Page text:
At a time when the UN and the international community are exploring ways of tackling horrific abuses related to belief in witchcraft, the papal recognition of the Association of Exorcists (comprising 250 priests in 30 countries) is a huge setback. It dims the prospects of making witch-hunting history in Africa. In fact, Vatican’s approval of exorcism will end up legitimizing this abusive process. Going by the current trend in witch persecution, the region is going to experience more witch-hunts not fewer.
This is because millions of Africans are Catholic, 177 million of the global total of 1.2 billion, according to the World Christian Database. They look to the Vatican for guidance in the practice of their faith. So the decision by the pope to recognise exorcism sends very disturbing signals. Many will interpret this development to mean an endorsement of witch-hunting because witch-hunting is believed to be a form of exorcism.
Witchcraft is part of the demonological narratives in Africa. And many African Catholics believe witchcraft is a form of evil spirit that can be expelled by priests or pastors.
The Catholic Church has not really been at the forefront of the witch craze in Africa. Though the church has always maintained the belief in the devil and the practice of exorcism, the Vatican had not come out expressly this way to endorse the process of expelling the devil. European missionaries who introduced Christianity to Africa did not place so much emphasis on the devil or exorcism. They focused mainly on building schools and hospitals as tools of evangelisation.
But the position of the Catholic church in Africa on witchcraft and exorcism has been ambivalent. Many churches have appropriated charismatic forms of Christianity in order to halt the loss of members to Pentecostal churches. Some ‘charismatic’ Catholics priests ‘unofficially’ practice exorcism, but it is the Pentecostal churches that are mainly into the business of preaching about the devil, deliverance and witch-hunting campaigns. Pentecostal churches have appropriated the witchcraft narratives into their ministries, telling their congregations that witches exist, that they are demons capable of possessing people, and that people possessed by the demon of witchcraft can be delivered or exorcised. Pentecostal pastors are the modern day witch-hunters.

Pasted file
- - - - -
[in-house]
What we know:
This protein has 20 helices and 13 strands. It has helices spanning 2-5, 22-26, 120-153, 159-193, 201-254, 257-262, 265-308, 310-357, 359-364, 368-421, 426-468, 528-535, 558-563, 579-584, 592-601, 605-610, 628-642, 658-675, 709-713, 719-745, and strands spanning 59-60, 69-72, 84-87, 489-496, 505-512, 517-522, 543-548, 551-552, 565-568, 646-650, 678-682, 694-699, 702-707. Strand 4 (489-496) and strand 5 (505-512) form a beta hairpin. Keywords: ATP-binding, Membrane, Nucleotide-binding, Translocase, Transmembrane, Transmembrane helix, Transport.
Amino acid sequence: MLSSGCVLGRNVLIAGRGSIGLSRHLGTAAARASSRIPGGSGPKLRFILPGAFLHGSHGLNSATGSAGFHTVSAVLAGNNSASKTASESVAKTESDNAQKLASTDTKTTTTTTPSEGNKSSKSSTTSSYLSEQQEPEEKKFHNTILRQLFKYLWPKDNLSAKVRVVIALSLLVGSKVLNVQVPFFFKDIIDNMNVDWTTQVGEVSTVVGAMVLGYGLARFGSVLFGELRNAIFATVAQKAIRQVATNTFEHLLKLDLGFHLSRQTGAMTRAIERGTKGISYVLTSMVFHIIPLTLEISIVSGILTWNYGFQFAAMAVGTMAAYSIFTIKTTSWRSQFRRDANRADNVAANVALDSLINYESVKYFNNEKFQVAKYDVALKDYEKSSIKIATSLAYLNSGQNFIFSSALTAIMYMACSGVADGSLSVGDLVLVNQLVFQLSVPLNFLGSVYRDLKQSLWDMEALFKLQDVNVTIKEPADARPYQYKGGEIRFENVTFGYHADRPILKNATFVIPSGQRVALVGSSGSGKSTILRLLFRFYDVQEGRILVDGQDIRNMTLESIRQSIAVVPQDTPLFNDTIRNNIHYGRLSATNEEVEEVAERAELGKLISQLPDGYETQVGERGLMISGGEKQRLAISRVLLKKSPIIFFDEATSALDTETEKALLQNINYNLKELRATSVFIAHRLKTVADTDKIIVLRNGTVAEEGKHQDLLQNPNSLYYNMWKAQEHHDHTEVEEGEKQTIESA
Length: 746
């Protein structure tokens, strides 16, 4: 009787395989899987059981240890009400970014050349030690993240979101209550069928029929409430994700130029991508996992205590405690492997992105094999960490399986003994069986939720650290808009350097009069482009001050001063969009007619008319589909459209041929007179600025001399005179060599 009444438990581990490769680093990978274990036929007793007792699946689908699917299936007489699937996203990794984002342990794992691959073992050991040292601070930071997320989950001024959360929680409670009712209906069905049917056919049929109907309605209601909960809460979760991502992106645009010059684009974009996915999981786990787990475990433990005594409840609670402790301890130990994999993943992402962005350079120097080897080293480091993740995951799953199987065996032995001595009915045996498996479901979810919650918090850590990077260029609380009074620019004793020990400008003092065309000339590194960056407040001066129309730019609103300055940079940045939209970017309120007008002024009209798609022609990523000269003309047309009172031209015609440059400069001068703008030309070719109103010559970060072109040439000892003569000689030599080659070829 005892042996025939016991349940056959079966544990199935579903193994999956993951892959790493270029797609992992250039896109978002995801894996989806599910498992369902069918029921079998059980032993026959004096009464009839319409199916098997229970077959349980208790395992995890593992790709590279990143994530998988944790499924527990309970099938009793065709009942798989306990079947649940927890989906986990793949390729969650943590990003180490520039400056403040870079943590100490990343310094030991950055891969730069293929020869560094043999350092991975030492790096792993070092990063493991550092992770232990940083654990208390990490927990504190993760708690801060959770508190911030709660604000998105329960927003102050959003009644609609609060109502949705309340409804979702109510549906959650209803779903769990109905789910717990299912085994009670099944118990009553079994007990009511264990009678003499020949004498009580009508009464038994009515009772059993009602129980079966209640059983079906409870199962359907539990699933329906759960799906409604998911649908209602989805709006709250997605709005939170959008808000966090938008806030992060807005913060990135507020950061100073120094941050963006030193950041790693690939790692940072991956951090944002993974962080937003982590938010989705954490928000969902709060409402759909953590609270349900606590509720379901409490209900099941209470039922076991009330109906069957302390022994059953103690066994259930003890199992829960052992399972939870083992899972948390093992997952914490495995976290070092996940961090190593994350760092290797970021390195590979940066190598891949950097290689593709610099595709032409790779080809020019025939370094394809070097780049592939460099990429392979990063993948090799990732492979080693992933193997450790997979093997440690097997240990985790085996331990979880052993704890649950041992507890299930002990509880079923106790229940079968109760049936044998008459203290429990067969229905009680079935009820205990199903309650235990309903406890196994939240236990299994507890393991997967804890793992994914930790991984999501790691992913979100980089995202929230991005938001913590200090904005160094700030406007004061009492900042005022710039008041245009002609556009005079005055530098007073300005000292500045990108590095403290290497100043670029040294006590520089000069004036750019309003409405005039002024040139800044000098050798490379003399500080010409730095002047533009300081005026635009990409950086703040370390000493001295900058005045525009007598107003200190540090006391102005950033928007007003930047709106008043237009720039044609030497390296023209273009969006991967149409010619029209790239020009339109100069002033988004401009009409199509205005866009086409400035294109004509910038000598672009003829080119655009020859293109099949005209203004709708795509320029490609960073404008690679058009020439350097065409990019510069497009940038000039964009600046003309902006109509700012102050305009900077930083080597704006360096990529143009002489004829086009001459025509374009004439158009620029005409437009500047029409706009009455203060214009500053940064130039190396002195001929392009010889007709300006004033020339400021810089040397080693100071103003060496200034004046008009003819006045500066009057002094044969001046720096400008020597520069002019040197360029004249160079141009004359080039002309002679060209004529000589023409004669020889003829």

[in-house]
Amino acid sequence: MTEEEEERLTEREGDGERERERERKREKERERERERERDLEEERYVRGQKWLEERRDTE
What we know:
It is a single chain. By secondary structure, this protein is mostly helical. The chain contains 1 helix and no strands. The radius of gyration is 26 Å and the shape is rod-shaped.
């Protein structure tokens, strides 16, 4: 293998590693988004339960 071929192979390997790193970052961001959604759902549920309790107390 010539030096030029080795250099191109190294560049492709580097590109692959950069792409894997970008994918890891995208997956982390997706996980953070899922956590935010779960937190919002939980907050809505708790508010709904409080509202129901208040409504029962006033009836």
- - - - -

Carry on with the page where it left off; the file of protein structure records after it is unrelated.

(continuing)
But with this new development at the Vatican, things are going to change. Catholic churches in Africa will now be officially joining the witch-finding ministry. We should expect to see many churches across the continent becoming witch-hunting centres. Witch-hunting catholic priests, who have been practicing on the margins, will be mainstreamed. And this will surely be an unfortunate development for the cause of enlightenment in the world.